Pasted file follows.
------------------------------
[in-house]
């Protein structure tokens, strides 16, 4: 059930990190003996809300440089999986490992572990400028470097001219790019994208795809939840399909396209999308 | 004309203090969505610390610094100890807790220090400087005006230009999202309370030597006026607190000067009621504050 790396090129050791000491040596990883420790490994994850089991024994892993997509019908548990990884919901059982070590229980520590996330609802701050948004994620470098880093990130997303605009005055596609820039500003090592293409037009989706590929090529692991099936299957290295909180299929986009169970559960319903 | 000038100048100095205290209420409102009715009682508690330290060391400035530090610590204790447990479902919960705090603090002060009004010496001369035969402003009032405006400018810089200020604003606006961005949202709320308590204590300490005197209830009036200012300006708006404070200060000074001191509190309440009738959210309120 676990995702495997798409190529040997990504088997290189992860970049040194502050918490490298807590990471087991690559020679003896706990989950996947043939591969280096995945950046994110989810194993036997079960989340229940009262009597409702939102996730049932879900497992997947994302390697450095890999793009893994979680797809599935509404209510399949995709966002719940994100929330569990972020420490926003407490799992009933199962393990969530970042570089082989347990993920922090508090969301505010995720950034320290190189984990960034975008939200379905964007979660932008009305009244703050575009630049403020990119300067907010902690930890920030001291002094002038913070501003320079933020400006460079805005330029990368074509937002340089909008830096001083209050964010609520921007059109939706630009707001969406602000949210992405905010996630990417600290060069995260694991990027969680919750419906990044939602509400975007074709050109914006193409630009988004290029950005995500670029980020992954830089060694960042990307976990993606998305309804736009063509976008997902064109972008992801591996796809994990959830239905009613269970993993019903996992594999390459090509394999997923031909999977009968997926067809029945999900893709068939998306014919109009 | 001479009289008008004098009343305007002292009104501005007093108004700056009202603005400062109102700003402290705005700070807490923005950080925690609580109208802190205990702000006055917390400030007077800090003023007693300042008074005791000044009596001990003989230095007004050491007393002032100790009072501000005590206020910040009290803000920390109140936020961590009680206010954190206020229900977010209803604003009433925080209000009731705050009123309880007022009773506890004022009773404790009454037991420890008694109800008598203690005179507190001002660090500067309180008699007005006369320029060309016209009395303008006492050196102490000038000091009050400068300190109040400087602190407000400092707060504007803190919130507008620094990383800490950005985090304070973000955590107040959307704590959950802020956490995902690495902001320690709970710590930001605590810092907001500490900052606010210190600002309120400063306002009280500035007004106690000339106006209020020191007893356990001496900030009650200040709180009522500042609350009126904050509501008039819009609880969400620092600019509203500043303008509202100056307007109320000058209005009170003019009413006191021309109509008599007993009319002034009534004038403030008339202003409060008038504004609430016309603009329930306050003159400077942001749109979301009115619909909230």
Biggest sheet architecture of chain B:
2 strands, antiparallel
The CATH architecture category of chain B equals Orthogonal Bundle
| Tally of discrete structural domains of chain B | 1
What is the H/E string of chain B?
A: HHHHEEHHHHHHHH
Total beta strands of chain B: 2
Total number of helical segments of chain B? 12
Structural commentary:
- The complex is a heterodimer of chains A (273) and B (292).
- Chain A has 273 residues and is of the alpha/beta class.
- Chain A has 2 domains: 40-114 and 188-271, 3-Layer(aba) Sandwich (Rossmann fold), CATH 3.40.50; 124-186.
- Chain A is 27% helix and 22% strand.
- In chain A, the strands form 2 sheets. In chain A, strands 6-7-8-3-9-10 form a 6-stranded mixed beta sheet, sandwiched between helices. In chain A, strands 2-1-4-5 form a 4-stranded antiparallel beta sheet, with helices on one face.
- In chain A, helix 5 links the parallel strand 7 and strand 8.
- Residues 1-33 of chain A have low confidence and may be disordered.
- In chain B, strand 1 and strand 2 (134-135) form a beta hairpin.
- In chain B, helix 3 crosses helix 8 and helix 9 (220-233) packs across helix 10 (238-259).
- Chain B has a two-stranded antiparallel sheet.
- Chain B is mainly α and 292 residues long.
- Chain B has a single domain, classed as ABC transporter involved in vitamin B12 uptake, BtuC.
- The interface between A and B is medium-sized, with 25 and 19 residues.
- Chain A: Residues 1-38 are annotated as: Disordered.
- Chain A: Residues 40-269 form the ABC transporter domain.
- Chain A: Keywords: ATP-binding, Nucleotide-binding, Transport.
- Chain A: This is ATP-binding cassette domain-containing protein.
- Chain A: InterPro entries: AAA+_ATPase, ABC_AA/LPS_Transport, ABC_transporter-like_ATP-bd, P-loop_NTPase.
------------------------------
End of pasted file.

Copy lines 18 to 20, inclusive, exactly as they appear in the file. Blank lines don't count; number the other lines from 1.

- Residues 1-33 of chain A have low confidence and may be disordered.
- In chain B, strand 1 and strand 2 (134-135) form a beta hairpin.
- In chain B, helix 3 crosses helix 8 and helix 9 (220-233) packs across helix 10 (238-259).